August 01, 2007
This is for us oldies. Remember when the summers lasted longer back then, when all men seemed to wear hats, and all women acted like ladies? My best summer ever was 1952, when I came to New York from Blair Academy and my father informed me we were leaving for the south of France via ocean liner. I was 15 and terribly eager to lose my virginity. What better place than the fabled land of F.Scott Fitzgerald and the Murphys? I read Tender is the Night while crossing on the Constitution, the latest in comfort, speed and elegance where liners were concerned. After staying up all night with a girl from Texas—Isla was her name, and I was truly smitten—I watched as we approached Cannes from the West. The twin towers of the Carlton Hotel—reputed to resemble exact copies of the breasts of La Belle Ottero, a famous grand horizontal— was the first thing I saw in the horizon. The place was green, unbuilt and reeked of sex, adventure and romance. I will never forget driving from Cannes to the Hotel du Cap, the model F. Scott used in Tender which he called the Josse Hotel. I spent the whole summer there, going to Juan les Pins to listen to Sidney Bechet at night, dancing until dawn at the summer casino of Monte Carlo, and meeting lotsa people who in my 15-year-old mind were as fabulous as any I had read about in Fitzgerald’s fiction. By the time I had to return to boarding school, I was a broken man. I had discovered girls, fast girls, gambling, drinking and all the other vices one associates with having a good time. My mother was appalled and couldn’t wait for August to end. The trip back, again on the Constitution, was like being given the royal suite at the world’s greatest hotel while waiting to die in the electric chair.
I went back to the Riviera five years later, after I was through with schooling, and it was still a magic place. Then, year after year, the place got more crowded, more built up and—worst of all—the world’s nouveaux riche had begun to arive with a vengeance. By 1977 I had had enough. I moved my summer operations to the Greek Isles, and after those followed the Riviera’s example, it was time for good old Helvetia, Gstaad to be exact, where I watched cows graze, breathed clean air and bored myself stiff. Four years ago I built myself a boat and came back where I had started from. It was like meeting Isla after all these years. To say I was disappointed would be a gross understatement.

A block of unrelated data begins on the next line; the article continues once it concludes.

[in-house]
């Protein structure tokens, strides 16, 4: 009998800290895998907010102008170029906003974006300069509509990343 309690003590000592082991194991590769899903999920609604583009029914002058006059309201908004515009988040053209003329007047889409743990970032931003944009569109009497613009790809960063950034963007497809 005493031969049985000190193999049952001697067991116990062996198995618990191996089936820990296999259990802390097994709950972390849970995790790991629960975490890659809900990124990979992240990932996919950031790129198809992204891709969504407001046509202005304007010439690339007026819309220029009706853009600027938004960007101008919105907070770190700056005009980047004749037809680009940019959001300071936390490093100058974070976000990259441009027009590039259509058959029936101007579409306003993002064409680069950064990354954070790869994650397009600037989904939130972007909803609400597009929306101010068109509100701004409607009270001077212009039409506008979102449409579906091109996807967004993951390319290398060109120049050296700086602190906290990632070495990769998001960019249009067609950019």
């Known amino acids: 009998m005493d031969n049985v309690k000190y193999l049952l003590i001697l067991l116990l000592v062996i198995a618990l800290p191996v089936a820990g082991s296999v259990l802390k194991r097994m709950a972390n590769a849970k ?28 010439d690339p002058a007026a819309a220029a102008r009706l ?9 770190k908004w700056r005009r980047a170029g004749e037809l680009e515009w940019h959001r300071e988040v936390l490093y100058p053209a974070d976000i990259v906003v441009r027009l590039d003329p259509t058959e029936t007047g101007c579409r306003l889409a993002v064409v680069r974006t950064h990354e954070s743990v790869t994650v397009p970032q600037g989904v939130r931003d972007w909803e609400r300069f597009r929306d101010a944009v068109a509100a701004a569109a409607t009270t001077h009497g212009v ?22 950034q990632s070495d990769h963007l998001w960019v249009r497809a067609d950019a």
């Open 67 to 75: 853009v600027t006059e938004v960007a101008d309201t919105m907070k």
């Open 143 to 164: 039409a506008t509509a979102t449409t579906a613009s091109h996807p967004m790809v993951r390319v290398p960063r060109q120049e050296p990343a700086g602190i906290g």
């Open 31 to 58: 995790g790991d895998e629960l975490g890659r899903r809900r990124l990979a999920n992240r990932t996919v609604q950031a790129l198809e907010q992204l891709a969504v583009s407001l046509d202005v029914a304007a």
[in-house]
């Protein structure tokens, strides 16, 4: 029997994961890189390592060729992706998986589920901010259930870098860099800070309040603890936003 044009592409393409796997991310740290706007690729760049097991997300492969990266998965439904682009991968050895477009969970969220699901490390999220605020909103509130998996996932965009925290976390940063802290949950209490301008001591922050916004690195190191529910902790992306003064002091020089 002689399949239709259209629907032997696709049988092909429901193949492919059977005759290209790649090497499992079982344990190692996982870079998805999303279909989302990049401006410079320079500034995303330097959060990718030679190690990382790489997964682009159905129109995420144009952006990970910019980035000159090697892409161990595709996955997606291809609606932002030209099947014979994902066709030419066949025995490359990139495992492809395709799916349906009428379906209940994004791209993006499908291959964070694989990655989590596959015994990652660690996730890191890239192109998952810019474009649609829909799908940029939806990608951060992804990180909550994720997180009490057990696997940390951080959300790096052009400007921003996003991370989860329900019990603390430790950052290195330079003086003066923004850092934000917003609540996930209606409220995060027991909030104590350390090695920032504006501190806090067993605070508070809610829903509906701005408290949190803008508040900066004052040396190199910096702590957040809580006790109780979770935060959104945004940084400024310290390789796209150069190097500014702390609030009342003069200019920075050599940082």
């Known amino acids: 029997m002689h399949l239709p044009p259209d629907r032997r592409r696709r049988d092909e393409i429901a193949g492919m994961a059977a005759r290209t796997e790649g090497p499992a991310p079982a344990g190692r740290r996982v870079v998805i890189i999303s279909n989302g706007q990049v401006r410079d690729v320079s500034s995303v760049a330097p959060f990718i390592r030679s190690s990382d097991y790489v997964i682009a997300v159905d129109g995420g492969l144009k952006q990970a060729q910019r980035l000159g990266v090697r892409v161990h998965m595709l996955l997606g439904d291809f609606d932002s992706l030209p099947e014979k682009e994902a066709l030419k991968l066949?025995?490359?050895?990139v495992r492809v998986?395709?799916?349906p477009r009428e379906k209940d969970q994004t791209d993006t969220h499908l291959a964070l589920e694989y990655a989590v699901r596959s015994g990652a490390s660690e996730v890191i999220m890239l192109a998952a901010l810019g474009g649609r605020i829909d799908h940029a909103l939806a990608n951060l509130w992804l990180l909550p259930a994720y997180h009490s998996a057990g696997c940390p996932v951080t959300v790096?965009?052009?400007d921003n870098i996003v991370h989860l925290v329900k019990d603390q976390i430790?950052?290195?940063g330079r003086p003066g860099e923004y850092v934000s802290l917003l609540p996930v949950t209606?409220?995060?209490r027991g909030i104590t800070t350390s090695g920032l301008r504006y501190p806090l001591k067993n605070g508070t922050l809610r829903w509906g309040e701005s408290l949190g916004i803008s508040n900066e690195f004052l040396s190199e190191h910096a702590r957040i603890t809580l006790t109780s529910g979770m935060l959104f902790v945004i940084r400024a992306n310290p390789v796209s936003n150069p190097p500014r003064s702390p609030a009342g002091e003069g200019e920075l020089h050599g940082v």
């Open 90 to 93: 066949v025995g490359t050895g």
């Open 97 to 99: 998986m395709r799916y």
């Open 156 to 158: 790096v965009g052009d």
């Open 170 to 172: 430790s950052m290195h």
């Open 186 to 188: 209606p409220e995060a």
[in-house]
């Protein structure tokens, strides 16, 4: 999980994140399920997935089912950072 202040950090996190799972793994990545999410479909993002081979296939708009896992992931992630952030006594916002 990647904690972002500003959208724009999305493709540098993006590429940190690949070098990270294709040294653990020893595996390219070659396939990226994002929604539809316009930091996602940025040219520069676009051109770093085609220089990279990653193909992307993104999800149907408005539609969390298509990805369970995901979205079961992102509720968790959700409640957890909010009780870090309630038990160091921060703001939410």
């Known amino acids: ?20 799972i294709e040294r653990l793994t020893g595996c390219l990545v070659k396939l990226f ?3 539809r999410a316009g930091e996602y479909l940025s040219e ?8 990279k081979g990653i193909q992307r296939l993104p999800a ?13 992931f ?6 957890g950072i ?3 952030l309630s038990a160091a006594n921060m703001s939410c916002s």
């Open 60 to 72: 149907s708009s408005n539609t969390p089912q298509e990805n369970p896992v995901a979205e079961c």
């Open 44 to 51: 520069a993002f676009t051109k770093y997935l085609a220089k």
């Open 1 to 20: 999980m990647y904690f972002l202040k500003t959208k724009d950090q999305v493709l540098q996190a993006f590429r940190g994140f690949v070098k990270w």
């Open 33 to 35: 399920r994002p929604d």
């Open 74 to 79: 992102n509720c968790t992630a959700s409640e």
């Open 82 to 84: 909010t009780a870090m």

And yet. Further west from Antibes and Cannes, St. Tropez has held out the longest against the invading hordes of Arabs and Russkies. The rest of the Riviera is now a sweaty, dangerous hellhole, its polluted waters matched only by the polluted kleptocrats who inhabit the place. St Tropez proper is clean and charming, its tiny cobbled streets unchanged, its bistros and places where the locals play Boule exactly the same as fifty years ago. The horrors come from the sea, in the form of large refrigerators on stereoids which these modern megayachts resemble.
With the exception of the Israeli boycott of Gaza this year, the most appalling sight of this long hot summer are the rich in St Tropez. The colossal arogance of the nouveaux riche, especially the Ayrab camel drivers and the Russian gangsters, is mind boggling. There are even some Pakistanis whose specialty is to pop open magnums of Crystal champagne in the Cave des Rois, and pour the contents out on the floor down to the last drop at—get this—fifty thousand Euros a shot. And it gets worse. People cheer while they’re doing it. (Remember this the next time your tax dollars go to that miserable land).
The posturing and showing off is enough for one to cry for Stalin’s return, certainly that of Nasser or Bin Laden, as long as I no longer have to watch these oily types mistreat women and waiters the way they do back home in Saudi. This is what has happened to my beloved St Tropez, once a sleepy fishing village port full of sleek and beautiful sailing boats, now full of monstrosities only obnoxious, rampaging and ugly megalomaniacs could own or charter. Like the movies we watch, the music we listen to, and the people we see on megayachts and getting off their privaye jets, it’s all very, very vulgar. Poor old F.Scott. One look today would cure him from his fascination of the rich once and for all. Thank God he’s not around.
Still, by staying away from the port, anchoring off the Bismarck house high up in the hills, I have managed to have the best summer in many a year. And it could be worse. I could be back in the Hamptons with Puff Daddy and his merry band. —The American Conservative